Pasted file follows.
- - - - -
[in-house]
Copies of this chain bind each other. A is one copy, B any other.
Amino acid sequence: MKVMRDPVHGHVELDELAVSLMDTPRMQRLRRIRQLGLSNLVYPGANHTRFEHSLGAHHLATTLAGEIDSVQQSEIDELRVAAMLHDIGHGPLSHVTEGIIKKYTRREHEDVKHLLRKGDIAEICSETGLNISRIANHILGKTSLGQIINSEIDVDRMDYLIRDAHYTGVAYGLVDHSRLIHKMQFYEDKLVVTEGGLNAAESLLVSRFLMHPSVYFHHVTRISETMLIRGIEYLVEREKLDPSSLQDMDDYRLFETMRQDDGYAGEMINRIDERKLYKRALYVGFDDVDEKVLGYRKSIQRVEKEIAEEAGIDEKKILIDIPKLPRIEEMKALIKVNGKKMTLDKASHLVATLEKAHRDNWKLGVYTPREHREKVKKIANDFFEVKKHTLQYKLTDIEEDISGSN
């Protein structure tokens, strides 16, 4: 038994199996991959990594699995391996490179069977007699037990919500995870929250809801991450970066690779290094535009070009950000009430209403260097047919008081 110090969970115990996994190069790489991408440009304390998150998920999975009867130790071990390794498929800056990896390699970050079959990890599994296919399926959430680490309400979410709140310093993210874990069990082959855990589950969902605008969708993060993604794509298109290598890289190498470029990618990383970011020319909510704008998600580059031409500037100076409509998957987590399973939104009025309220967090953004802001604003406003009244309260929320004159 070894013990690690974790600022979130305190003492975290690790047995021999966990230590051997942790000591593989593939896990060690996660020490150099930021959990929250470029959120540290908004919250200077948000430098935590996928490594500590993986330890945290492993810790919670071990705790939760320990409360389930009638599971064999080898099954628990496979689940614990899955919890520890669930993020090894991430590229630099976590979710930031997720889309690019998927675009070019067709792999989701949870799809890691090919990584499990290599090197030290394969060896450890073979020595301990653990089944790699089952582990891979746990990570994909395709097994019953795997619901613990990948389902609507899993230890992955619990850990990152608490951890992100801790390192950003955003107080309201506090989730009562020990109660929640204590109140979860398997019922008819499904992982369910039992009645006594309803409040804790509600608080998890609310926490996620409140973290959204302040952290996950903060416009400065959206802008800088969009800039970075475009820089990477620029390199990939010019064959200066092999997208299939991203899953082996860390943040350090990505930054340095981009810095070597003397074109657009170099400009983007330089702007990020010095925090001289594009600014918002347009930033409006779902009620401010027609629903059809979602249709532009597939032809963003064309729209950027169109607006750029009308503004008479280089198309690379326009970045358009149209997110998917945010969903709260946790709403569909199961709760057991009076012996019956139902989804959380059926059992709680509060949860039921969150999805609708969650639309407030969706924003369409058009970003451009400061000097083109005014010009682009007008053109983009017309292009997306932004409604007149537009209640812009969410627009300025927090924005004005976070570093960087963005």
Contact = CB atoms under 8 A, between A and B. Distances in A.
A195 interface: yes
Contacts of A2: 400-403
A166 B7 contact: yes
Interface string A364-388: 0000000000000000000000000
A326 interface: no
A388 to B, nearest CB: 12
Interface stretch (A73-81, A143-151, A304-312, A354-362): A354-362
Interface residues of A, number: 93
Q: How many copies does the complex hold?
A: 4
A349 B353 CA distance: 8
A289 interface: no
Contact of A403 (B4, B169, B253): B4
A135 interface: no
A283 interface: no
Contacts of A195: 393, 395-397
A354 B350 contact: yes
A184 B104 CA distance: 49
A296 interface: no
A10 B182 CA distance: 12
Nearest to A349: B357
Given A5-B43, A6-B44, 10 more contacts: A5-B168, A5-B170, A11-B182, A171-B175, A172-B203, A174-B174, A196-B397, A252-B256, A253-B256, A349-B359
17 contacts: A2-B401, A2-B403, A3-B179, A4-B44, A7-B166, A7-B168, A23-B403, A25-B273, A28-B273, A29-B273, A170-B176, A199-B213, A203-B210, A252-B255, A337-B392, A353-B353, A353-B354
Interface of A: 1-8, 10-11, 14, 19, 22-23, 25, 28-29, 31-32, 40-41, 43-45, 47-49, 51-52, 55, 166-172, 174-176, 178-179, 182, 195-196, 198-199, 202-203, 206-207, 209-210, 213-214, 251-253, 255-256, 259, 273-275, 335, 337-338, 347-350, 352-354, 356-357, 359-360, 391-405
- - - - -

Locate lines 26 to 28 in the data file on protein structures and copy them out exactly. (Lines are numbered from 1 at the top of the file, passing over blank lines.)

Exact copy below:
Nearest to A349: B357
Given A5-B43, A6-B44, 10 more contacts: A5-B168, A5-B170, A11-B182, A171-B175, A172-B203, A174-B174, A196-B397, A252-B256, A253-B256, A349-B359
17 contacts: A2-B401, A2-B403, A3-B179, A4-B44, A7-B166, A7-B168, A23-B403, A25-B273, A28-B273, A29-B273, A170-B176, A199-B213, A203-B210, A252-B255, A337-B392, A353-B353, A353-B354